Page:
The Case for Departing from the Exclusionary Rule against Prior Negotiations in the Interpretation of Contracts in Singapore
This article examines the viability of the exclusionary rule against prior negotiations in the interpretation of contracts in Singapore. It argues that the exclusionary rule should no longer be followed in Singapore through three main points. First, the Singapore courts retain entire freedom to depart from the exclusionary rule as it is not of legislative origin. Second, the Singapore courts should exercise this freedom because there is already local precedent, wherein the Singapore courts have referred to prior negotiations in the interpretation of contracts. Even if these local precedents are wrong, there remain convincing, independent reasons as to why the exclusionary rule should be rejected. Primarily, the rule is not supported as a matter of history and evolved through a misstep in a series of early-20th-century cases. Third, the rejection of the exclusionary rule does not mean that prior negotiations are always admissible in the contractual interpretative exercise: the challenge for the Singapore courts is to recognise exactly why such evidence is inadmissible, instead of following a blanket rule that is (as will be argued) unsupported by either its supposed longevity or substantive justifications.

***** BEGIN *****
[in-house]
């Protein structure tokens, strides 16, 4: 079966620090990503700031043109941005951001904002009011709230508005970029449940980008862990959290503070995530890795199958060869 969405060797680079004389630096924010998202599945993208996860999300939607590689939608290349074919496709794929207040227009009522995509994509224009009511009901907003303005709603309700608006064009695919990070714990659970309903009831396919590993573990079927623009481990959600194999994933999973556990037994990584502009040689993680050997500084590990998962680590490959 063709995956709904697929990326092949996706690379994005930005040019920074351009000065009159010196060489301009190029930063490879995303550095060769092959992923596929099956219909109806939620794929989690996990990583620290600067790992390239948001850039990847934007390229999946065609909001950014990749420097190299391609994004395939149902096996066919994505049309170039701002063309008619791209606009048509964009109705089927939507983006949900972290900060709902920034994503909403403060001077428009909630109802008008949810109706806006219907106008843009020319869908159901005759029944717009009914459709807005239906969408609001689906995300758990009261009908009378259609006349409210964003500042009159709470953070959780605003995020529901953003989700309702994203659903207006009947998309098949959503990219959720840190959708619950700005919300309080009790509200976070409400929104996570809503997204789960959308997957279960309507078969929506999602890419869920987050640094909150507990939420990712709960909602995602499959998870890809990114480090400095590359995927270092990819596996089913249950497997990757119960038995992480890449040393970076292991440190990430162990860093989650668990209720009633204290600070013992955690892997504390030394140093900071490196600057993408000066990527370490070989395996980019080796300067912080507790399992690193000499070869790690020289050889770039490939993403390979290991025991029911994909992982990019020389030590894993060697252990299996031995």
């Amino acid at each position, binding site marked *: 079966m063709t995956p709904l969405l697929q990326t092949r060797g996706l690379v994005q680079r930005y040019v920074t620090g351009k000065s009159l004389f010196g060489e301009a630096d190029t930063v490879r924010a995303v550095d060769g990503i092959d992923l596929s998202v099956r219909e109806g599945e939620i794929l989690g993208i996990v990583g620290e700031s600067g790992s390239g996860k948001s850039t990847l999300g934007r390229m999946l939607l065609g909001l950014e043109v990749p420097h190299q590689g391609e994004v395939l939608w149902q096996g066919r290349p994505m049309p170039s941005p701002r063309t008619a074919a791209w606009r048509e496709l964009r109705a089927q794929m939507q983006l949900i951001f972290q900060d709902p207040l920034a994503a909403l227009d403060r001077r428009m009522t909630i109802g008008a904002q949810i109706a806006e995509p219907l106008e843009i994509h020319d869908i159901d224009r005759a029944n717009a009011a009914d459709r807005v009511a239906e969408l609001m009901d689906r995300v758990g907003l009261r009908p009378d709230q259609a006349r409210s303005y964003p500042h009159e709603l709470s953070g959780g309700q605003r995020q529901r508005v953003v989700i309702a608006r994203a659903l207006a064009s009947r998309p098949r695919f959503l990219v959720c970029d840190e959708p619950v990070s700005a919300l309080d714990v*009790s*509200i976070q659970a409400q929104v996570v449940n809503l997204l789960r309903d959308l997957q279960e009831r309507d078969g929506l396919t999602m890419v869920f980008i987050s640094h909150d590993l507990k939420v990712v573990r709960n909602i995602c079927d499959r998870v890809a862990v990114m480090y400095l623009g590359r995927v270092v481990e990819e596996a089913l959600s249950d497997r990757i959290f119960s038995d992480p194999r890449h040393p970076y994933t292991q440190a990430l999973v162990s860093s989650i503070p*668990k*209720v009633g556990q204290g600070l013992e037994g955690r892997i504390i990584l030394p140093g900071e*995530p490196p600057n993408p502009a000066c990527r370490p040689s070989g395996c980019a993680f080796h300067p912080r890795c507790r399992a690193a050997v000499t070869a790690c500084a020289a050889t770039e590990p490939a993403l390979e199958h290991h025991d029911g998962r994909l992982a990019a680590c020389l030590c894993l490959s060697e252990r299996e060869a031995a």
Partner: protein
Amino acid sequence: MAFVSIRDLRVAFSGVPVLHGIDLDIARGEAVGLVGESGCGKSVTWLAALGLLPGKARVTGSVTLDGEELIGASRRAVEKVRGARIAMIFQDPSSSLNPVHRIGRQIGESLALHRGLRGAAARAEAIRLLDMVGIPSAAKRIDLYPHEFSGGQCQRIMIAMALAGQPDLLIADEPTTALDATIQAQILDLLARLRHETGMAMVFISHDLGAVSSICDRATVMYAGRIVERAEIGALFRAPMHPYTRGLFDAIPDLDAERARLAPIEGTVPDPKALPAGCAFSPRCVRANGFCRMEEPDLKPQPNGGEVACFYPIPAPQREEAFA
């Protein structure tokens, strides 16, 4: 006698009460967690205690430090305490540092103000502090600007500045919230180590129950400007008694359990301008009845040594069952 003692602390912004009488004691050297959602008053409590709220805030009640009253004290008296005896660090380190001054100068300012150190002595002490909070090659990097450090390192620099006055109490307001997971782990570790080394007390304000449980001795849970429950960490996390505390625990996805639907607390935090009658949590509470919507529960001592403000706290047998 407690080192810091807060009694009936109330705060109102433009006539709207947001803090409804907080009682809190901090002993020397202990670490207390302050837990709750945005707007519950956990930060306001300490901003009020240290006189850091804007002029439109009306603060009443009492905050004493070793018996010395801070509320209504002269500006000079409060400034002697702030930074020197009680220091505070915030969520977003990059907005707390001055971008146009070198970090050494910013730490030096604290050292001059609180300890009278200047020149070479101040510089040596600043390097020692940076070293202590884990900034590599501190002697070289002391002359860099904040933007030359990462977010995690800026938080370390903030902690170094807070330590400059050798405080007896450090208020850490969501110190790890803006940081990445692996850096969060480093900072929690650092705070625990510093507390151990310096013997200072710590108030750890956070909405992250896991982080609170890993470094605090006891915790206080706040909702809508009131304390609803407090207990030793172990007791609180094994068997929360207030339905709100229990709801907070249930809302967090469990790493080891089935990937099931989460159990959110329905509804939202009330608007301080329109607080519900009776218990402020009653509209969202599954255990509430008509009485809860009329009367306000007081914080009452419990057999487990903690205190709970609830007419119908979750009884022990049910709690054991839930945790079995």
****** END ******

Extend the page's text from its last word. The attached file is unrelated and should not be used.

Asian Studies | Contracts
Singapore Academy of Law Journal
Singapore Academy of Law
The Case for Departing from the Exclusionary Rule against Prior Negotiations in the Interpretation of Contracts in Singapore. (2013). Singapore Academy of Law Journal. 25, (1), 182-214. Research Collection School Of Law.
Available at: http://ink.library.smu.edu.sg/sol_research/1402